Yes you can! Stay motivated. Some students have a specific goal in mind such as completing their degree in order to be promoted at work. Others have always wanted a college degree and some have their sights set on the graduation ceremony.Â Whatever your motivation is to earn a business degree, always remember that and focus on why you want this degree.Â Your motivation will help you learn more and push yourself especially in stressful times.
Ask questions, and then ask more questions. An advantage of an online class is there is no time limit for discussions like a face-to-face class. Ask more questions; make the most of your online discussions.Â Be more in-depth and engage other classmates and your instructor in grand discussions. You will learn more and be more interested in your course which means you are motivated as well!
Connect with your classmates, professors, and your school. Reach out to your classmates and create your own â€ślearning community.â€ť You are all in this online class together; why not create your own support network? Your connections with classmates can translate into career networking opportunities down the road. Ask your professor for help if you donâ€™t understand something. Building a connection with a professor not only engages you in learning, it can also lead to great networking connections for future employability.Â And last, but by no means least, you are more than an online student.Â You are a UW-Whitewater Warhawk. As an online student, you can still be a part of many campus activities. Attend events without coming to campus, check out the CoBE YouTube Channel for videos of events on campus.
In closing, a wise instructor once said â€śThere is a common theme with online learning and that is higher grades are earned by those who do not procrastinate, who keep in touch with instructors, who interact with other students by asking questions, and who never miss deadlines.”Â Do those things and you are on a great path to success. And as always, remember you are a member of one of the greatest business schools in the world.Â You are a UW-Whitewater College of Business and Economics student.
If you have a family, are working, and going to school at the same time then you are the typical college student. Many students are no longer the traditional 18 year old high school graduates heading to college. Todayâ€™s students are working during college to support themselves and their families which is like working two full-time jobs.
The average online student is between 25 and 44, employed full time and pursuing an undergraduate degree according to a survey of 68,760 online learners from 87 institutions by Noel-Levitz, a consulting company that helps colleges with enrollment and student success. More than half of the surveyed online learners are married, and 35 percent are married with kids.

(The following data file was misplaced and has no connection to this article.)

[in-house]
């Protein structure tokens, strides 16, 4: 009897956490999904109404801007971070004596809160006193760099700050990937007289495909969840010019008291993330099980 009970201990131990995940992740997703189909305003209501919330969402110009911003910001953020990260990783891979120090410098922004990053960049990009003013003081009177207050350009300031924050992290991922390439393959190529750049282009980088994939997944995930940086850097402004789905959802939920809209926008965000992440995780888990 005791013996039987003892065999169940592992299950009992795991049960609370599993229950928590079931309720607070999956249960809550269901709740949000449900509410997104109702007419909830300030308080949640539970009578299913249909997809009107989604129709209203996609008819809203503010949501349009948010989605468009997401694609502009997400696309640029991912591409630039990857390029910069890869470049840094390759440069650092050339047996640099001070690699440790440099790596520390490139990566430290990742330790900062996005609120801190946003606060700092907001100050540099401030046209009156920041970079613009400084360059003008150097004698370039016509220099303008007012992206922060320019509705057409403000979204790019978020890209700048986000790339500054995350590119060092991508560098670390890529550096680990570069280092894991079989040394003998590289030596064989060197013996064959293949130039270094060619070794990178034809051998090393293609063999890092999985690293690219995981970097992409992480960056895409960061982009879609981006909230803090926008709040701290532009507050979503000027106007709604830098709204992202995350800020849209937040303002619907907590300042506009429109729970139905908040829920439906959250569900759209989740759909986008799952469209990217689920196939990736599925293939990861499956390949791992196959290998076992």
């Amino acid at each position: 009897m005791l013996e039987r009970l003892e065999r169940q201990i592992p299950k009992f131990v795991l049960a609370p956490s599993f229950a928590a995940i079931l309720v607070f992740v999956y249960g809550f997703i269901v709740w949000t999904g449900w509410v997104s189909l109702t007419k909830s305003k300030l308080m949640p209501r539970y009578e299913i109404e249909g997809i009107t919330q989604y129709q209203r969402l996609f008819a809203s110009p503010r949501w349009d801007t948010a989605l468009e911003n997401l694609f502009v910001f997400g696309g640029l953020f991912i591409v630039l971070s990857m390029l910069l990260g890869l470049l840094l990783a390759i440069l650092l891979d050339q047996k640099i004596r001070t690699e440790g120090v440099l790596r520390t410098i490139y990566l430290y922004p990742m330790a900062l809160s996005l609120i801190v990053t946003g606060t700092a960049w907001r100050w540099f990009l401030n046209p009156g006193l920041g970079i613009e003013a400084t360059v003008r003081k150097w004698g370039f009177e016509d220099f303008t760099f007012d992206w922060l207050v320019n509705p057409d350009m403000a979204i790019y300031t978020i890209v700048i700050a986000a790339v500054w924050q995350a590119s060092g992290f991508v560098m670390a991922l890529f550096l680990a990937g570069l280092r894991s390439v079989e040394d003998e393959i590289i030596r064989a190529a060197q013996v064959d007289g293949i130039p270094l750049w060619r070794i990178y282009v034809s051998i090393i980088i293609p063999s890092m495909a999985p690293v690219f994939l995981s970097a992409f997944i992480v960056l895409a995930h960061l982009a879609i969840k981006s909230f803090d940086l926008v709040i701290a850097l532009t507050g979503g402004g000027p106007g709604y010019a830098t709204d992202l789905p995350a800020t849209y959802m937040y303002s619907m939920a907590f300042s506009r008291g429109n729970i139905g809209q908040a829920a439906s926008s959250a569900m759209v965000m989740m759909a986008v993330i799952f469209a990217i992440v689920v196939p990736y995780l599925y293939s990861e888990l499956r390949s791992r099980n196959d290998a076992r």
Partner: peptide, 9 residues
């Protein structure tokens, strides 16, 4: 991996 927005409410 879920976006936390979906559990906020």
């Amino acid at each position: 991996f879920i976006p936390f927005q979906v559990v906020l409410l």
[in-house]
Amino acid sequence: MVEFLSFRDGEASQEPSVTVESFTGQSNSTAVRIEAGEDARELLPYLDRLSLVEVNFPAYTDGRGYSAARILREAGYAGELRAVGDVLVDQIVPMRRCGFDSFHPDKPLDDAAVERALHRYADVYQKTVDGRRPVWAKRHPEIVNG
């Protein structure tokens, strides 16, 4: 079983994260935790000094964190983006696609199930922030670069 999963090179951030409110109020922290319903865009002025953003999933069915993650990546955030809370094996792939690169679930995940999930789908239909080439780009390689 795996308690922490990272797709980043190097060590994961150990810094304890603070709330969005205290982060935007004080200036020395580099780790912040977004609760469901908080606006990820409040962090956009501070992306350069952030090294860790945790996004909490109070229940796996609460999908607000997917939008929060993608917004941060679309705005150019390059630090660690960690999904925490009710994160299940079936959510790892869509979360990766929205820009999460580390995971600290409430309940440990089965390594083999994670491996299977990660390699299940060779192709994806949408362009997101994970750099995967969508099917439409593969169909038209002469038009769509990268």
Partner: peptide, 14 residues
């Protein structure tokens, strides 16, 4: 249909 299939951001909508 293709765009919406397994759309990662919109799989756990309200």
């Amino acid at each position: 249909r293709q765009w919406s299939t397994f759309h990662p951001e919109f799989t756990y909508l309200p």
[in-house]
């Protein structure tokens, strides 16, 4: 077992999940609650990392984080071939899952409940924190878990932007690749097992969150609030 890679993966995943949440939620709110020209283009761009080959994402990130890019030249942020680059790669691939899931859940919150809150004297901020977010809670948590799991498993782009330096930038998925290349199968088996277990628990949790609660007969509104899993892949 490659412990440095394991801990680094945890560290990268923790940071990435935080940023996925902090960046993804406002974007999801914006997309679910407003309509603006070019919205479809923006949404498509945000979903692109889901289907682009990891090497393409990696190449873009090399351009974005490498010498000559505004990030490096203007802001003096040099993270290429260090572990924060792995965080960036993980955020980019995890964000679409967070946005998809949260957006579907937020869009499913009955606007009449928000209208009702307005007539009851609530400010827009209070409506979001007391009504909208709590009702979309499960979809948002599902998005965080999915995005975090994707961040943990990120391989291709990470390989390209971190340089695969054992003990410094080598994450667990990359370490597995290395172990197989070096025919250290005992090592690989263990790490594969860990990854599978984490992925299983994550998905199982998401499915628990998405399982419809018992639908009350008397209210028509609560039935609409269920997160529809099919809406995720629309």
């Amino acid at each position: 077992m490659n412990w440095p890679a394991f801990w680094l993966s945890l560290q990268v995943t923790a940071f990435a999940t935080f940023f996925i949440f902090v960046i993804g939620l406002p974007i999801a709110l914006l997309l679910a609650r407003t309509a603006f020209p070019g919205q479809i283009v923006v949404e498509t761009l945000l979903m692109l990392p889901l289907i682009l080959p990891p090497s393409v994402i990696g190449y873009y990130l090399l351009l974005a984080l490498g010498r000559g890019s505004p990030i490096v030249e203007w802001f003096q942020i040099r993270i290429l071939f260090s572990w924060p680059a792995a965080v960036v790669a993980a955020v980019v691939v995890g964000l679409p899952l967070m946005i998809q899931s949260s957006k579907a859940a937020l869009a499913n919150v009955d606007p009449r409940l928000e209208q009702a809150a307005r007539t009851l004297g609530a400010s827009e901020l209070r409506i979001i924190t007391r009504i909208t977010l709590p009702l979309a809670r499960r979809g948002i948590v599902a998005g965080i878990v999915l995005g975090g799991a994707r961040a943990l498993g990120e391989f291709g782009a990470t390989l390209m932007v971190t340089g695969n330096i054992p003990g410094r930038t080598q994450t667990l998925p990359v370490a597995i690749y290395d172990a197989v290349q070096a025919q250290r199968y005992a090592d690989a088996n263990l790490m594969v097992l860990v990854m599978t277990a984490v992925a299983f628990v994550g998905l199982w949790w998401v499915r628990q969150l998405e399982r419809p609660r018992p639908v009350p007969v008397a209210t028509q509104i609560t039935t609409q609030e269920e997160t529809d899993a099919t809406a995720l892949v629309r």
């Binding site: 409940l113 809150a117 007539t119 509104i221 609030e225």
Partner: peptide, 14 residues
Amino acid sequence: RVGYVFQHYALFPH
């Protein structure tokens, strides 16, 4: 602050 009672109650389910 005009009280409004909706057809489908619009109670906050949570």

Is it possible to be a successful student while also keeping up with lifeâ€™s demands?Â It is. Balancing family, work, and school is something many online students have in common.Â By pursuing your bachelorâ€™s degree in business online, you will be among other students in similar situations.Â And this is what online leaning is best for: students who need flexibility in earning their degrees in order to fit learning into a busy life.
So how can you successfully manage work, family, and school?Â Here are few tips:
The Society for Human Resource Management (SHRM) in Alexandria, VA, has conferred the 2013-2014 Superior Merit Award designation to the University of Wisconsin-Whitewater SHRM Student Chapter for an exceptional job of providing opportunities for growth and development to its student chapter members.Â This is the 30th consecutive year that the UW-Whitewater chapter has received this award.Â UW-Whitewater was one of 32 student SHRM chapters to receive the Superior Merit Award this year.Â The UW-Whitewater SHRM chapter will be recognized in SHRMâ€™s publications and at its conferences.
SHRM is the worldâ€™s largest association devoted to human resource management.Â Representing more than 275,000 professional and student members in over 160 countries, the Society serves the needs of HR professionals and advances the interests of the HR profession.Â Founded in 1948, SHRM has more than 575 affiliated professional chapters, and more than 450 student chapters within the United States.
Chapters have the opportunity to earn an award based on the number of activities they complete during the merit award cycle, which ran from April 1, 2013, to March 31, 2014. The SHRM student chapter merit award program, which began in 1972, exists to develop more effective student chapters, and to promote effective activities and projects by student chapters in the following areas: basic student chapter requirements and operations, chapter programming and professional development of members, support of the human resource profession, and partnership/engagement with SHRM.
â€śThis was another outstanding year for our SHRM chapter,â€ť said Jon Werner, faculty co-advisor of the chapter, along with Professor Steve Guo. â€śStephanie Wilson, the chapter president, and the entire executive board, did a great job of planning and carrying out the many activities necessary for a successful chapter, and to once again receive the Superior Merit Award distinction,â€ť said Werner.
For more information about SHRMâ€™s Student Chapter Merit Award program, visit http://www.shrm.org/Communities/StudentPrograms/Pages/awards.aspx.